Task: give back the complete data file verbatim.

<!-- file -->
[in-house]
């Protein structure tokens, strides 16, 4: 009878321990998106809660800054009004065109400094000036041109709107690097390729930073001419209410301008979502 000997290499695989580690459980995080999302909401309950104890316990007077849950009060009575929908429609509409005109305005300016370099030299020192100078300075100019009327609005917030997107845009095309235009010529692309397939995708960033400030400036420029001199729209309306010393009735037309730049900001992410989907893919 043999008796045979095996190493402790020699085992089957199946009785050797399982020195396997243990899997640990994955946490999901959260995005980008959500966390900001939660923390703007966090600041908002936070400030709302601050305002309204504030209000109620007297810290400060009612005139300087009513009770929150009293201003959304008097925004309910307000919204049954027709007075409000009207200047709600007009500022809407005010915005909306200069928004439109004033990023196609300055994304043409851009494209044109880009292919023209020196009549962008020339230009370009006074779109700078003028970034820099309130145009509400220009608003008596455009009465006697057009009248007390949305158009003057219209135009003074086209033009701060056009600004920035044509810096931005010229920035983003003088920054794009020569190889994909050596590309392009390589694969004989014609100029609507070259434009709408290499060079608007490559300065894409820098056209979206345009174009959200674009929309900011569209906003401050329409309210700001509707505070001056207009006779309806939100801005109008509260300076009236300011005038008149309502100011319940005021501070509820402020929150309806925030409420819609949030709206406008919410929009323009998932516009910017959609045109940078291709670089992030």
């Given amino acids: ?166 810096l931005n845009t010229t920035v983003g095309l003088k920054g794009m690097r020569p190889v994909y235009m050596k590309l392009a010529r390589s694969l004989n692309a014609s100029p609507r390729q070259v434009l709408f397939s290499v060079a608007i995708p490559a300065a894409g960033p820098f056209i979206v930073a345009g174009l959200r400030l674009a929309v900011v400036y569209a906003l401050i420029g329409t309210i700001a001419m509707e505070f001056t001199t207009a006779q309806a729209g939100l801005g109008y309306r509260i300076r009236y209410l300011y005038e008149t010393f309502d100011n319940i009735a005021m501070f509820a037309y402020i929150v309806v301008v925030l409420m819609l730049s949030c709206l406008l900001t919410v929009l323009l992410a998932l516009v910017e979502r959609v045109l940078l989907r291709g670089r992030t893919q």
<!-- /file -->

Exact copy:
[in-house]
């Protein structure tokens, strides 16, 4: 009878321990998106809660800054009004065109400094000036041109709107690097390729930073001419209410301008979502 000997290499695989580690459980995080999302909401309950104890316990007077849950009060009575929908429609509409005109305005300016370099030299020192100078300075100019009327609005917030997107845009095309235009010529692309397939995708960033400030400036420029001199729209309306010393009735037309730049900001992410989907893919 043999008796045979095996190493402790020699085992089957199946009785050797399982020195396997243990899997640990994955946490999901959260995005980008959500966390900001939660923390703007966090600041908002936070400030709302601050305002309204504030209000109620007297810290400060009612005139300087009513009770929150009293201003959304008097925004309910307000919204049954027709007075409000009207200047709600007009500022809407005010915005909306200069928004439109004033990023196609300055994304043409851009494209044109880009292919023209020196009549962008020339230009370009006074779109700078003028970034820099309130145009509400220009608003008596455009009465006697057009009248007390949305158009003057219209135009003074086209033009701060056009600004920035044509810096931005010229920035983003003088920054794009020569190889994909050596590309392009390589694969004989014609100029609507070259434009709408290499060079608007490559300065894409820098056209979206345009174009959200674009929309900011569209906003401050329409309210700001509707505070001056207009006779309806939100801005109008509260300076009236300011005038008149309502100011319940005021501070509820402020929150309806925030409420819609949030709206406008919410929009323009998932516009910017959609045109940078291709670089992030």
């Given amino acids: ?166 810096l931005n845009t010229t920035v983003g095309l003088k920054g794009m690097r020569p190889v994909y235009m050596k590309l392009a010529r390589s694969l004989n692309a014609s100029p609507r390729q070259v434009l709408f397939s290499v060079a608007i995708p490559a300065a894409g960033p820098f056209i979206v930073a345009g174009l959200r400030l674009a929309v900011v400036y569209a906003l401050i420029g329409t309210i700001a001419m509707e505070f001056t001199t207009a006779q309806a729209g939100l801005g109008y309306r509260i300076r009236y209410l300011y005038e008149t010393f309502d100011n319940i009735a005021m501070f509820a037309y402020i929150v309806v301008v925030l409420m819609l730049s949030c709206l406008l900001t919410v929009l323009l992410a998932l516009v910017e979502r959609v045109l940078l989907r291709g670089r992030t893919q």